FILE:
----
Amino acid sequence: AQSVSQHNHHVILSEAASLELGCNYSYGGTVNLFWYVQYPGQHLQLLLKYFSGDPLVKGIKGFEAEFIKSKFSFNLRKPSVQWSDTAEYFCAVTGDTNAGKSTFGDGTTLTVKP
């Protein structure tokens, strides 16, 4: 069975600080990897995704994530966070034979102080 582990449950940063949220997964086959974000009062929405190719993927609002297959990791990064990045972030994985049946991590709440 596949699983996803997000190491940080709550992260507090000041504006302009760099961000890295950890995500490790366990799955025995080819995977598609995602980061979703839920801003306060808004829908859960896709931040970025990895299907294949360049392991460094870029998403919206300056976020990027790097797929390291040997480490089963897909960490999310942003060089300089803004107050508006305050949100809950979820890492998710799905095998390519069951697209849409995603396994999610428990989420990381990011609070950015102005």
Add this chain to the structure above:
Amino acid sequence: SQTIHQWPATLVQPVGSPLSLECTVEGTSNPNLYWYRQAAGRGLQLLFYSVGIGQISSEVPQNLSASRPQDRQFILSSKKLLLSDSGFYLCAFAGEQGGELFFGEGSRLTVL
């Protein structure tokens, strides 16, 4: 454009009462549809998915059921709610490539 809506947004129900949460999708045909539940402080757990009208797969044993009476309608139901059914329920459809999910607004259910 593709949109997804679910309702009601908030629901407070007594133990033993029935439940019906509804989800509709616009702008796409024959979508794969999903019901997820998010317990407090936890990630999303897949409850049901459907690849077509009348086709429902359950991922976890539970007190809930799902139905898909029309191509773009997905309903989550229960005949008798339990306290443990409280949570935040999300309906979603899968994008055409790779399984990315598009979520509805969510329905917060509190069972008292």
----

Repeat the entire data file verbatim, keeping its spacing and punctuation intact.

Amino acid sequence: AQSVSQHNHHVILSEAASLELGCNYSYGGTVNLFWYVQYPGQHLQLLLKYFSGDPLVKGIKGFEAEFIKSKFSFNLRKPSVQWSDTAEYFCAVTGDTNAGKSTFGDGTTLTVKP
């Protein structure tokens, strides 16, 4: 069975600080990897995704994530966070034979102080 582990449950940063949220997964086959974000009062929405190719993927609002297959990791990064990045972030994985049946991590709440 596949699983996803997000190491940080709550992260507090000041504006302009760099961000890295950890995500490790366990799955025995080819995977598609995602980061979703839920801003306060808004829908859960896709931040970025990895299907294949360049392991460094870029998403919206300056976020990027790097797929390291040997480490089963897909960490999310942003060089300089803004107050508006305050949100809950979820890492998710799905095998390519069951697209849409995603396994999610428990989420990381990011609070950015102005």
Add this chain to the structure above:
Amino acid sequence: SQTIHQWPATLVQPVGSPLSLECTVEGTSNPNLYWYRQAAGRGLQLLFYSVGIGQISSEVPQNLSASRPQDRQFILSSKKLLLSDSGFYLCAFAGEQGGELFFGEGSRLTVL
């Protein structure tokens, strides 16, 4: 454009009462549809998915059921709610490539 809506947004129900949460999708045909539940402080757990009208797969044993009476309608139901059914329920459809999910607004259910 593709949109997804679910309702009601908030629901407070007594133990033993029935439940019906509804989800509709616009702008796409024959979508794969999903019901997820998010317990407090936890990630999303897949409850049901459907690849077509009348086709429902359950991922976890539970007190809930799902139905898909029309191509773009997905309903989550229960005949008798339990306290443990409280949570935040999300309906979603899968994008055409790779399984990315598009979520509805969510329905917060509190069972008292």